Throughout April at the Red Chair Gallery in downtown Bend, aspiring high school students will experience the ins and outs of a "real world" art show—from the jury selection process to hanging and pricing and (hopefully) selling their work.
For the past four years—almost as long as the gallery has been in existence—the women at the helm of Red Chair Gallery have taken their model of representation for local artists to area high schools with the goal of encouraging young artistic talent and entrepreneurship.
"We view ourselves as very community-minded," said co-owner Lise Hoffman-McCabe. "We're trying hard to give the students real experience [by] giving local artists representation where they might not have it otherwise."
The students whose work will be on display during the First Friday Art Walk are required by the gallery to sign a standard 30-day contract outlining commission rates, payment schedules, and gallery requirements. For many, this will be the first time that their art has been for sale in a retail space.
"The only real stumbling block is that [the art] must be framed to gallery specifications—no picture hangers or Plexiglas," said Hoffman-McCabe.
For students Nicole Bitterlich and Chloe Baker, their gallery experience will continue throughout the month as the two young women embark on an internship experience to include jurying art from other schools, working four-hour shifts at the gallery, and participating in workshops taught by the established artists represented at Red Chair.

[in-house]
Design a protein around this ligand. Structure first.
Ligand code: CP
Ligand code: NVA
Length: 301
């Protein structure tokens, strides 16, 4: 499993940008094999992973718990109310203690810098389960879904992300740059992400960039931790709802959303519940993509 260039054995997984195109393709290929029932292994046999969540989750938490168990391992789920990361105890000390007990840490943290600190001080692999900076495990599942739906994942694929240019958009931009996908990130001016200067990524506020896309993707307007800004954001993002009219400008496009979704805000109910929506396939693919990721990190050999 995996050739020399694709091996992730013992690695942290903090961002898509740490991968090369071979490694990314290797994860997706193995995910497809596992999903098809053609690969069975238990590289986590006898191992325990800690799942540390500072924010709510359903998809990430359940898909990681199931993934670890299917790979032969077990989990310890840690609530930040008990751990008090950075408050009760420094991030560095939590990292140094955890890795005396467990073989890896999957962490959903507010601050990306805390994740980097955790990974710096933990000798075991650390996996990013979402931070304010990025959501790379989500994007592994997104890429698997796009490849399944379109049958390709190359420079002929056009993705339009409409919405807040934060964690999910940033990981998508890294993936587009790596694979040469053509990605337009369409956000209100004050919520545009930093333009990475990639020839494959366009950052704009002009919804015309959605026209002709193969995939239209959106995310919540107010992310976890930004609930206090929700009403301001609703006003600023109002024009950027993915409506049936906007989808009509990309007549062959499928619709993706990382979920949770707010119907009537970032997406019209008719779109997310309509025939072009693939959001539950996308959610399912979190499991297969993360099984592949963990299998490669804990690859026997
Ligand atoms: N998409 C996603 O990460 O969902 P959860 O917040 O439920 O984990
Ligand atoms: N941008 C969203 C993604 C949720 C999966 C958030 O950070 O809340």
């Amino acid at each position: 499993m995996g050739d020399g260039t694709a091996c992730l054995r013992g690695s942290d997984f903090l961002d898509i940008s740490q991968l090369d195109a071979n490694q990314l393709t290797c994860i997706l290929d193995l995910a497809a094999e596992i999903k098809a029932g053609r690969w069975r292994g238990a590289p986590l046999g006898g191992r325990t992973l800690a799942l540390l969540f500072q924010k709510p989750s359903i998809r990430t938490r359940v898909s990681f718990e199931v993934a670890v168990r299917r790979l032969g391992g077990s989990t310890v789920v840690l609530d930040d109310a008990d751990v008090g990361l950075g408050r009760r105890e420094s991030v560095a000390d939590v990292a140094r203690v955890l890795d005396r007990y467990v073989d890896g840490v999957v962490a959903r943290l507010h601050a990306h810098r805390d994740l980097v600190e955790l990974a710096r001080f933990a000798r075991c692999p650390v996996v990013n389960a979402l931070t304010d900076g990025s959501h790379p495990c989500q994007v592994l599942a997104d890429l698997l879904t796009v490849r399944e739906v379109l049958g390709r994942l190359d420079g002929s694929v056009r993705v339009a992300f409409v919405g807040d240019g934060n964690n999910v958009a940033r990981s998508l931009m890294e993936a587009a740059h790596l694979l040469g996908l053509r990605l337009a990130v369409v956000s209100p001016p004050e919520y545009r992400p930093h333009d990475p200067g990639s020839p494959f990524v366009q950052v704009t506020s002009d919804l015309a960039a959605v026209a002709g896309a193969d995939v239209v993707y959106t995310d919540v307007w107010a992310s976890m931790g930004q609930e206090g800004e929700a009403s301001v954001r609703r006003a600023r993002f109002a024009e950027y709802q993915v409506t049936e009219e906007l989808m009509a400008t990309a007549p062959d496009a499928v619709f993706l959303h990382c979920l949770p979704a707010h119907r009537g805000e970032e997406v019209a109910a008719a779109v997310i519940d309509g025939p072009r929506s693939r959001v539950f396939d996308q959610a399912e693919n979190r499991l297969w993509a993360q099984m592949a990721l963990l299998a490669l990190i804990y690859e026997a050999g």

"If you're planning on being an artist as a side job or as a career rather than a hobby, it's extremely helpful if you can get your nose in the business when you're young," said Bitterlich, a senior at Bend High School who plans to pursue a career in the Air Force.
Mountain View High School student Chloe Baker will be showing her fractured self-portrait, titled "All Eyes on Me," which also won a Scholastic Gold Key and American Visions Award this winter. Although she was part of the gallery's showcase last year, she is excited to have her work seen by an audience, and to support her classmates whose pieces will hang alongside hers.
"It feels a bit unreal to have a piece you've worked so hard on to actually be appreciated by an audience or be lucky enough to have a buyer," said Baker. "I am very excited for the art walk, mainly to see the faces of my classmates who also got into this showing when they see their work on the walls."